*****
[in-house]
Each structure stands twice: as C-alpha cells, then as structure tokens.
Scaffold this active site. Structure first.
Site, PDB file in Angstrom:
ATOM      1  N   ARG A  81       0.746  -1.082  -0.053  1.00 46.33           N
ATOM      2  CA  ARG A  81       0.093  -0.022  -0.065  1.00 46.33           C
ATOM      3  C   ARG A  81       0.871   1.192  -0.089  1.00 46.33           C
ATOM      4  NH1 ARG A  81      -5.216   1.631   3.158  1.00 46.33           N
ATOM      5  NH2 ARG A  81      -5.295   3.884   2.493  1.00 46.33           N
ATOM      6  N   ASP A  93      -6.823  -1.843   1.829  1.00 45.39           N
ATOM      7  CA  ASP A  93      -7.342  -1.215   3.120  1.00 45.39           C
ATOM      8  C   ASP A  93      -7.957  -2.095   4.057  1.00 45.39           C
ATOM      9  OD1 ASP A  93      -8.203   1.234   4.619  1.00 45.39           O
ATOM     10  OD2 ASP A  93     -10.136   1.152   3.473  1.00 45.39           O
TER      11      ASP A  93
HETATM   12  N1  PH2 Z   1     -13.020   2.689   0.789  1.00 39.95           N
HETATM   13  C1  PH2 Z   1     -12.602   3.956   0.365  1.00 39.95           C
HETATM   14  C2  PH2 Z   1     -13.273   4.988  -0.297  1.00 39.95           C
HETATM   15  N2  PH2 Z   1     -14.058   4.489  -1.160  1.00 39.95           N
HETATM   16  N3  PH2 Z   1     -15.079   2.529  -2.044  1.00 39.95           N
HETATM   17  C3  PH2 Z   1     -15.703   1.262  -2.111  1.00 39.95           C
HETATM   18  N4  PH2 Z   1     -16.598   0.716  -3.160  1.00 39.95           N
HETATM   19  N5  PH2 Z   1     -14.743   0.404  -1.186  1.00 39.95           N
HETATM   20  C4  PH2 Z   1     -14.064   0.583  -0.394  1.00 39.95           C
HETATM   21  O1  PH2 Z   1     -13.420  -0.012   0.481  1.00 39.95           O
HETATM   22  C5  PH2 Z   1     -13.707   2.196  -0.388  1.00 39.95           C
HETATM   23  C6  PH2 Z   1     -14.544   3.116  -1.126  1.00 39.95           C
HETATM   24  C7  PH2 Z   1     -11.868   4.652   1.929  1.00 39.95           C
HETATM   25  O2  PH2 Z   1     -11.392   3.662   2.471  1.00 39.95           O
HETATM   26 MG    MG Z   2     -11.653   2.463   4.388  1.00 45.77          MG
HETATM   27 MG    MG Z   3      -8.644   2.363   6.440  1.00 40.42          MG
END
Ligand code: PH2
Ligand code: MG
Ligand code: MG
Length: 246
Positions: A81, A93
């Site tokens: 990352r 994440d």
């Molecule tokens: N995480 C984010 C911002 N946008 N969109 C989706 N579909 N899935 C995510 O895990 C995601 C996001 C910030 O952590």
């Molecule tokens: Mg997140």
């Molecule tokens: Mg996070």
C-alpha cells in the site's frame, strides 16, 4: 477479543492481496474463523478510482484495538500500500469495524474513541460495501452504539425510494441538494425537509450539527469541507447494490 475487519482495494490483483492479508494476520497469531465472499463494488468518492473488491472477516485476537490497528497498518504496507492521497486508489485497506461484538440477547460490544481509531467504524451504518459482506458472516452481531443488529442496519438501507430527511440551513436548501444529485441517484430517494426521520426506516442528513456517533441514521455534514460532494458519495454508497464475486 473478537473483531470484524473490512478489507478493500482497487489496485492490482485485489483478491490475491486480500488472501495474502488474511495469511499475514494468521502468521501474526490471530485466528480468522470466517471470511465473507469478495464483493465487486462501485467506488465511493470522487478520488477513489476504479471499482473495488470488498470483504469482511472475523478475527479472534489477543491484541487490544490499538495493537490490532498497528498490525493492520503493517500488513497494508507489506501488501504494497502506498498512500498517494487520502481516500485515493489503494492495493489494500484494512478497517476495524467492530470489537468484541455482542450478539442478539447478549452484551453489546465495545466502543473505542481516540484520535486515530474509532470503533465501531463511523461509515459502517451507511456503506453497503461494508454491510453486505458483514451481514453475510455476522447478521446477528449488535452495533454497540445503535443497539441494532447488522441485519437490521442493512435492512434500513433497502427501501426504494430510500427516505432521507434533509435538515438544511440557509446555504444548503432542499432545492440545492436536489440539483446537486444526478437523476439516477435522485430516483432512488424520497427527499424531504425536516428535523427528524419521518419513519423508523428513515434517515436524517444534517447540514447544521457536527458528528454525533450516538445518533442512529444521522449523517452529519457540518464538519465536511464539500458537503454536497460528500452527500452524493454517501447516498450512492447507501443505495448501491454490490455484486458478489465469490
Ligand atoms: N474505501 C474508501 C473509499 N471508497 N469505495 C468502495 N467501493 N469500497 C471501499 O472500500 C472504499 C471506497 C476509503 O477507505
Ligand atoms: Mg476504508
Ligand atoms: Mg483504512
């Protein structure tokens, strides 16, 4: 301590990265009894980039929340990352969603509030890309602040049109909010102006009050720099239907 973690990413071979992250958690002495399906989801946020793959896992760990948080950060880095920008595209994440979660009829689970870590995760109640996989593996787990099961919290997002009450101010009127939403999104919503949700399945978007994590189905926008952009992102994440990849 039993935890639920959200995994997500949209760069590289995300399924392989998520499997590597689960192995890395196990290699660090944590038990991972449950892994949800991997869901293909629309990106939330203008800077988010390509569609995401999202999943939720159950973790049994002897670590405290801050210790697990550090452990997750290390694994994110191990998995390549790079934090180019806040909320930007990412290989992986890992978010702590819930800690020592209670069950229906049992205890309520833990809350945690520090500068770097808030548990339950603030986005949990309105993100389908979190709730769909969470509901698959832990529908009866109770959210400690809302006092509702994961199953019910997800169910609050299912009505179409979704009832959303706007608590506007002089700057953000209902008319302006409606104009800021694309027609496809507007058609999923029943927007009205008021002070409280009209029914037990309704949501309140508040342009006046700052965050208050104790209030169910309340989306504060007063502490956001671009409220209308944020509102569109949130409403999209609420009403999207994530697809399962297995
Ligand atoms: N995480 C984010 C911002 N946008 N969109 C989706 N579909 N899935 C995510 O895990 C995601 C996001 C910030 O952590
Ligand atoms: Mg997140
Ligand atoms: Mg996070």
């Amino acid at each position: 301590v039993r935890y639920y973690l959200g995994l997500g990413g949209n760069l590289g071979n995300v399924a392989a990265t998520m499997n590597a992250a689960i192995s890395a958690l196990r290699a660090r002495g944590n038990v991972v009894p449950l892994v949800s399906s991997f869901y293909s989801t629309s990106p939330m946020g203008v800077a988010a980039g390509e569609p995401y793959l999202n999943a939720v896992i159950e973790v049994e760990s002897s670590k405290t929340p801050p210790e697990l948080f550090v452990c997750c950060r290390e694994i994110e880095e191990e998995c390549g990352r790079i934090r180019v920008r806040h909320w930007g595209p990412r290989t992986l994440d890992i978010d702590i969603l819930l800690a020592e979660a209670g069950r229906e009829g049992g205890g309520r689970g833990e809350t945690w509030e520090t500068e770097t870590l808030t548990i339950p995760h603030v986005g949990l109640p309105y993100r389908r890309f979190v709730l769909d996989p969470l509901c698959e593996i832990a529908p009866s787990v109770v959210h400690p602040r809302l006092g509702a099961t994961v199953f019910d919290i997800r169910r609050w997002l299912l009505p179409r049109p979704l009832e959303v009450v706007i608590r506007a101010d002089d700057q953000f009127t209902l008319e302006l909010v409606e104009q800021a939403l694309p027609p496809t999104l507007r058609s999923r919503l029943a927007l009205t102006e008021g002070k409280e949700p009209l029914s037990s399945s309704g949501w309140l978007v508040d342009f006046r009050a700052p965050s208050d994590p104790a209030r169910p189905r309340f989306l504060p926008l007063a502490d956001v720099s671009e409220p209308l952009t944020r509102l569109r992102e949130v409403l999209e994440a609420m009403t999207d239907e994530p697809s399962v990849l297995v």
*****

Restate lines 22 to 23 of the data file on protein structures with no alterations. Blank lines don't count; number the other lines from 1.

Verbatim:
HETATM   18  N4  PH2 Z   1     -16.598   0.716  -3.160  1.00 39.95           N
HETATM   19  N5  PH2 Z   1     -14.743   0.404  -1.186  1.00 39.95           N